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פותח על ידי קלירמאש פתרונות בע"מ -
Biomass partitioning following defoliation of annual and perennial mediterranean grasses
Year:
2002
Source of publication :
Ecology and Society
Authors :
גוטמן, מריו
;
.
רוטמן, סטיבן
;
.
Volume :
5
Co-Authors:
Gutman, M., Agricultural Research Organization, Israel, Agricultural Research Organization, Department of Natural Resources, Volcani Center, P.O. Box 6, Bet Dagan 50250, Israel
Noy-Meir, I., Hebrew University of Jerusalem, Israel
Pluda, D., Volcani Center, Israel
Seligman, N., Volcani Center, Israel
Rothman, S., Volcani Center, Israel
Sternberg, M., Bar-Ilan University, Israel
Facilitators :
From page:
To page:
(
Total pages:
1
)
Abstract:
A two-year experiment was conducted in northeastern Israel to study the effects of various defoliation regimes on biomass partitioning between vegetative and reproductive structures in a perennial and an annual Mediterranean grass. Greater insight into the mechanisms regulating biomass partitioning after defoliation enables ecologists and rangeland managers to interpret and predict population and community dynamics in Mediterranean grasslands more efficiently. Two typical Mediterranean grasses, Triticum dicoccoides, an annual species, and Hordeum bulbosum, a perennial species, were grown in containers in the open. They were subjected to a series of defoliation treatments that comprised three clipping frequencies and three clipping heights in a full factorial combination. In addition, individuals of both species were sampled in the field, in paddocks that were grazed, and in a control exclosure that was closed to grazing during the growing season. The experiment was conducted over two growing seasons, one unusually dry and one unusually wet. The clipping treatments invariably caused a reduction in the amount of biomass partitioned to the reproductive organs, but had little effect on the vegetative components of the plants. Greater tillering following defoliation compensated, to a large degree, for the loss of photosynthetic biomass following defoliation. The effect of grazing on biomass partitioning was much lower than the effect of clipping. Under grazing, the investment in reproductive biomass was considerably higher than when the grasses were clipped. The results of this experiment help to elucidate the reasons for the persistence of these species and, especially, for the dominance of Hordeum bulbosum in many eastern Mediterranean grasslands. Copyright © 2001 by the author(s). Published here under license by The Resilience Alliance.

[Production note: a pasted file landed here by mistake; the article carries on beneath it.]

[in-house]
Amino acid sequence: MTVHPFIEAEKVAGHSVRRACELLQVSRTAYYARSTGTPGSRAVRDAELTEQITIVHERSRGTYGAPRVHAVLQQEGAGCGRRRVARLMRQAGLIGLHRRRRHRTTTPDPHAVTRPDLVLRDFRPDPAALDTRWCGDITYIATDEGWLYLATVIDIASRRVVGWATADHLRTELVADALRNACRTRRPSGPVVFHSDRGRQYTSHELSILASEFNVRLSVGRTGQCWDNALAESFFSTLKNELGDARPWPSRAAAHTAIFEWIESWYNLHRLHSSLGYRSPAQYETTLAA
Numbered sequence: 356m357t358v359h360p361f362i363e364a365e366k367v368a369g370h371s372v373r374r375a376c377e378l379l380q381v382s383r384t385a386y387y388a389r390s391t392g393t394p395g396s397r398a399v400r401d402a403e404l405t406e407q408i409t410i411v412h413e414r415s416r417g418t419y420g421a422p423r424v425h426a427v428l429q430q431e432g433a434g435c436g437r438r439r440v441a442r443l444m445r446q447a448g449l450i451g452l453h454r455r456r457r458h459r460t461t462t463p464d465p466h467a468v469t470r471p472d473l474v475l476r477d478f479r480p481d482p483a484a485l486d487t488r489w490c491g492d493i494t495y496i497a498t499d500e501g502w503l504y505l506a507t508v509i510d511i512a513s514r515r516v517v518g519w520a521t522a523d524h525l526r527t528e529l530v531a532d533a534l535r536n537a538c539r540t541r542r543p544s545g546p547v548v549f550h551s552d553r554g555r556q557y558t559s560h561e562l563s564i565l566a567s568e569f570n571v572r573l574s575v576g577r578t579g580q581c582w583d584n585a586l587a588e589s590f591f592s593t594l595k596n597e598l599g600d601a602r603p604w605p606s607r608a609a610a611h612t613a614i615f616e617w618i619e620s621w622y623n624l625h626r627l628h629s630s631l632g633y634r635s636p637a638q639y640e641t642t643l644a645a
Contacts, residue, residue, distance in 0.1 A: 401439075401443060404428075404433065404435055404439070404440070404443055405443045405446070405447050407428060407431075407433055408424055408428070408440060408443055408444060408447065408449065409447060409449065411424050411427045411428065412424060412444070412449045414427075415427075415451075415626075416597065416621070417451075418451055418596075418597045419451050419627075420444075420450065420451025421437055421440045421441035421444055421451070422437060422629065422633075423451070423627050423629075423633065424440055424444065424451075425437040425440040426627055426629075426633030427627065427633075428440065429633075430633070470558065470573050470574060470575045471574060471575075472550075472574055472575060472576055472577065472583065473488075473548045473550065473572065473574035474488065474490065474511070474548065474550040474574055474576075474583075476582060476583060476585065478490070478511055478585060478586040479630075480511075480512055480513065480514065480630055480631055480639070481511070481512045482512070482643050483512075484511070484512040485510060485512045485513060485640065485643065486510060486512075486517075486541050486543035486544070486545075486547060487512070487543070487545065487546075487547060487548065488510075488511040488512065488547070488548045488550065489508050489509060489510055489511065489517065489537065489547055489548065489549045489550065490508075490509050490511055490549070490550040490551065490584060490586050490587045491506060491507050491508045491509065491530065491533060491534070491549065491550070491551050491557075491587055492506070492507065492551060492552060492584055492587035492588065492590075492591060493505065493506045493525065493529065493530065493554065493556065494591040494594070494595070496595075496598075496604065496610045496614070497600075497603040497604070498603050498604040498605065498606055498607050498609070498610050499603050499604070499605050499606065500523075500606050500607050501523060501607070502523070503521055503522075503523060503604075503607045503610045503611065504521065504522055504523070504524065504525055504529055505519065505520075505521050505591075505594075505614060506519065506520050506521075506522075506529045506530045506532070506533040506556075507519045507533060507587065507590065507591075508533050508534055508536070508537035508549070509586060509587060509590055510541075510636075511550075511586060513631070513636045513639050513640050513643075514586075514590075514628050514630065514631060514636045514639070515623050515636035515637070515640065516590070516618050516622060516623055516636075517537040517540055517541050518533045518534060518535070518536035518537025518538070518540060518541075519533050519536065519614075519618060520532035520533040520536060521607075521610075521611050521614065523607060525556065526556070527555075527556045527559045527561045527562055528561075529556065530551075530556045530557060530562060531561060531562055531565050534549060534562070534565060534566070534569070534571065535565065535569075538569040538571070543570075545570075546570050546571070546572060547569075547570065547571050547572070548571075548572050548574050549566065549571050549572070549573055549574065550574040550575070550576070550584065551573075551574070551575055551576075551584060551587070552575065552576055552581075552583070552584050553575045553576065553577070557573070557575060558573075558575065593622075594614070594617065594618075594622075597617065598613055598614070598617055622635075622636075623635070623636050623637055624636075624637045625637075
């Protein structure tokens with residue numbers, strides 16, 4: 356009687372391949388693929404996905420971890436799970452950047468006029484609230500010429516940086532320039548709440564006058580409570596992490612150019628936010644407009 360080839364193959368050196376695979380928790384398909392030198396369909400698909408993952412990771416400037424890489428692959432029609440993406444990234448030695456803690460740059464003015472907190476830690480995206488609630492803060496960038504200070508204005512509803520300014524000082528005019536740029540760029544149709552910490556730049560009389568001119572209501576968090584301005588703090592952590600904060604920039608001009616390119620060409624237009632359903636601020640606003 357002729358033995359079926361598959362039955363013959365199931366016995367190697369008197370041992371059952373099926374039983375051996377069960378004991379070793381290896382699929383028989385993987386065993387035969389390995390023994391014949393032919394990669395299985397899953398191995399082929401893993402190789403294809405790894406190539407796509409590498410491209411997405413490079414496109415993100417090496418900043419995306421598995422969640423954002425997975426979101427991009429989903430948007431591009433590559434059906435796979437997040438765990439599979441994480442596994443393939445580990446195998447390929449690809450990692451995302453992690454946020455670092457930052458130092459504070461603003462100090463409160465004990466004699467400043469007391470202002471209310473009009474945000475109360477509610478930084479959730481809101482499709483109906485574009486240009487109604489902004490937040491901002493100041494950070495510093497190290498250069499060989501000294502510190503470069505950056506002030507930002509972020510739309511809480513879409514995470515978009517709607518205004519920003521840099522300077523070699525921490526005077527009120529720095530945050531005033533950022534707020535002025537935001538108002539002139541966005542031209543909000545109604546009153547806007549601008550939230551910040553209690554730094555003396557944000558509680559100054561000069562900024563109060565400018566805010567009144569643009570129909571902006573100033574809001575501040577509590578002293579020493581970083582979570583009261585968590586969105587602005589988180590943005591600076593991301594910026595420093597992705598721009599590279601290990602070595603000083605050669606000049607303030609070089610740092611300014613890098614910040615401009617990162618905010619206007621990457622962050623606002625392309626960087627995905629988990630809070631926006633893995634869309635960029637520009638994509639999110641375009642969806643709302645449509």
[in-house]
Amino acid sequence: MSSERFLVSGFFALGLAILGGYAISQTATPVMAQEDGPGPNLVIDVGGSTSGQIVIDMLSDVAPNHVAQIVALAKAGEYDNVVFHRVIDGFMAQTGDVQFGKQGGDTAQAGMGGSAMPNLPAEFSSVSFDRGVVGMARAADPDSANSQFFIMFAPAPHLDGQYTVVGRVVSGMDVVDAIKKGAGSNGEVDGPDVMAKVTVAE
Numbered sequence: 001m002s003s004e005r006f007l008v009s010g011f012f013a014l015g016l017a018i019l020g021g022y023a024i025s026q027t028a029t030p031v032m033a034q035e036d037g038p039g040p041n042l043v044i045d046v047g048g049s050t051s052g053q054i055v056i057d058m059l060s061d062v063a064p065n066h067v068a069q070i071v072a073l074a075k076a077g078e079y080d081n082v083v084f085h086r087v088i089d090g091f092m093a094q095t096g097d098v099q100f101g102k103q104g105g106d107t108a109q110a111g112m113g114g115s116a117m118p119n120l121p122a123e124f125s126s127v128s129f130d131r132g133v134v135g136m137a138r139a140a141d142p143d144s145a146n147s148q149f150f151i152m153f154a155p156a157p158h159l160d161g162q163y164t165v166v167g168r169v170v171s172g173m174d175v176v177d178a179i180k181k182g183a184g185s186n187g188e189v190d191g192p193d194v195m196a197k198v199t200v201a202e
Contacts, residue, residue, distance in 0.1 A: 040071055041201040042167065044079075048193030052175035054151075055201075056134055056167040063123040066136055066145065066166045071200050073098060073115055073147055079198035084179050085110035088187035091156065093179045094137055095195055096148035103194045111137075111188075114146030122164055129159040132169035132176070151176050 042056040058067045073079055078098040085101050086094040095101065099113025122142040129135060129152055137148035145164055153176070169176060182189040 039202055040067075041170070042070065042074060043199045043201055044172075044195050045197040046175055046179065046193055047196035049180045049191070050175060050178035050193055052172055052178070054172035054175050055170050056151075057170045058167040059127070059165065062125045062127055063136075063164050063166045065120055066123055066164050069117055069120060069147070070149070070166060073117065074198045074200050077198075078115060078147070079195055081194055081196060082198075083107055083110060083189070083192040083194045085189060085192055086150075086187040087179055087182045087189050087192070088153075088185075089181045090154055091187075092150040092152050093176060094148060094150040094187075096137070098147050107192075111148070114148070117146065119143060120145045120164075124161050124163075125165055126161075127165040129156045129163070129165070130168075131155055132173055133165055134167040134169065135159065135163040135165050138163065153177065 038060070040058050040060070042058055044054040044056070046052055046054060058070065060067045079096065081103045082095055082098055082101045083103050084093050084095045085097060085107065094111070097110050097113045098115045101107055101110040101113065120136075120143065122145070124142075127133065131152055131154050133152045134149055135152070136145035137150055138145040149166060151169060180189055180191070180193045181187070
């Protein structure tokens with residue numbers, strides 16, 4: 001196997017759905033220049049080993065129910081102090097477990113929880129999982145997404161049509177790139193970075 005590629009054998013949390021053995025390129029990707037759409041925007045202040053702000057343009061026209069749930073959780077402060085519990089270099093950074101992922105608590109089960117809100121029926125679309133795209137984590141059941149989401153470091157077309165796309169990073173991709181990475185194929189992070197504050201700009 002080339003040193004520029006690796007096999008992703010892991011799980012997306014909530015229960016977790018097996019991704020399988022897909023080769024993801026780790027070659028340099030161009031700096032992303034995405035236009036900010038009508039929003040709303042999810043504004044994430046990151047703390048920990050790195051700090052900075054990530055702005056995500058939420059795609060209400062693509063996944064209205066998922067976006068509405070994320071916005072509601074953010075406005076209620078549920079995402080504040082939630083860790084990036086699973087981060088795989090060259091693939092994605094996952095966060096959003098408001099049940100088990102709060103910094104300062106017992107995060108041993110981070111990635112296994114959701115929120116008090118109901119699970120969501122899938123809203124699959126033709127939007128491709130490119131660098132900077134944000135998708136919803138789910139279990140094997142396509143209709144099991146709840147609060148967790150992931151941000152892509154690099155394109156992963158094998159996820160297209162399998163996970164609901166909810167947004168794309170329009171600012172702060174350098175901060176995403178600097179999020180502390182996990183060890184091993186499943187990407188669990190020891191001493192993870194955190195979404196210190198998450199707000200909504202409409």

Note:
Related Files :
Annual vs. perennial grasses
Biomass partitioning
Grazing response
Hordeum bulbosum
Israel
Mediterranean
עוד תגיות
תוכן קשור
More details
DOI :
Article number:
Affiliations:
Database:
סקופוס
Publication Type:
מאמר
;
.
Language:
אנגלית
Editors' remarks:
ID:
26517
Last updated date:
02/03/2022 17:27
Creation date:
17/04/2018 00:23
You may also be interested in
Scientific Publication
Biomass partitioning following defoliation of annual and perennial mediterranean grasses
5
Gutman, M., Agricultural Research Organization, Israel, Agricultural Research Organization, Department of Natural Resources, Volcani Center, P.O. Box 6, Bet Dagan 50250, Israel
Noy-Meir, I., Hebrew University of Jerusalem, Israel
Pluda, D., Volcani Center, Israel
Seligman, N., Volcani Center, Israel
Rothman, S., Volcani Center, Israel
Sternberg, M., Bar-Ilan University, Israel
Biomass partitioning following defoliation of annual and perennial mediterranean grasses
A two-year experiment was conducted in northeastern Israel to study the effects of various defoliation regimes on biomass partitioning between vegetative and reproductive structures in a perennial and an annual Mediterranean grass. Greater insight into the mechanisms regulating biomass partitioning after defoliation enables ecologists and rangeland managers to interpret and predict population and community dynamics in Mediterranean grasslands more efficiently. Two typical Mediterranean grasses, Triticum dicoccoides, an annual species, and Hordeum bulbosum, a perennial species, were grown in containers in the open. They were subjected to a series of defoliation treatments that comprised three clipping frequencies and three clipping heights in a full factorial combination. In addition, individuals of both species were sampled in the field, in paddocks that were grazed, and in a control exclosure that was closed to grazing during the growing season. The experiment was conducted over two growing seasons, one unusually dry and one unusually wet. The clipping treatments invariably caused a reduction in the amount of biomass partitioned to the reproductive organs, but had little effect on the vegetative components of the plants. Greater tillering following defoliation compensated, to a large degree, for the loss of photosynthetic biomass following defoliation. The effect of grazing on biomass partitioning was much lower than the effect of clipping. Under grazing, the investment in reproductive biomass was considerably higher than when the grasses were clipped. The results of this experiment help to elucidate the reasons for the persistence of these species and, especially, for the dominance of Hordeum bulbosum in many eastern Mediterranean grasslands. Copyright © 2001 by the author(s). Published here under license by The Resilience Alliance.
Scientific Publication
You may also be interested in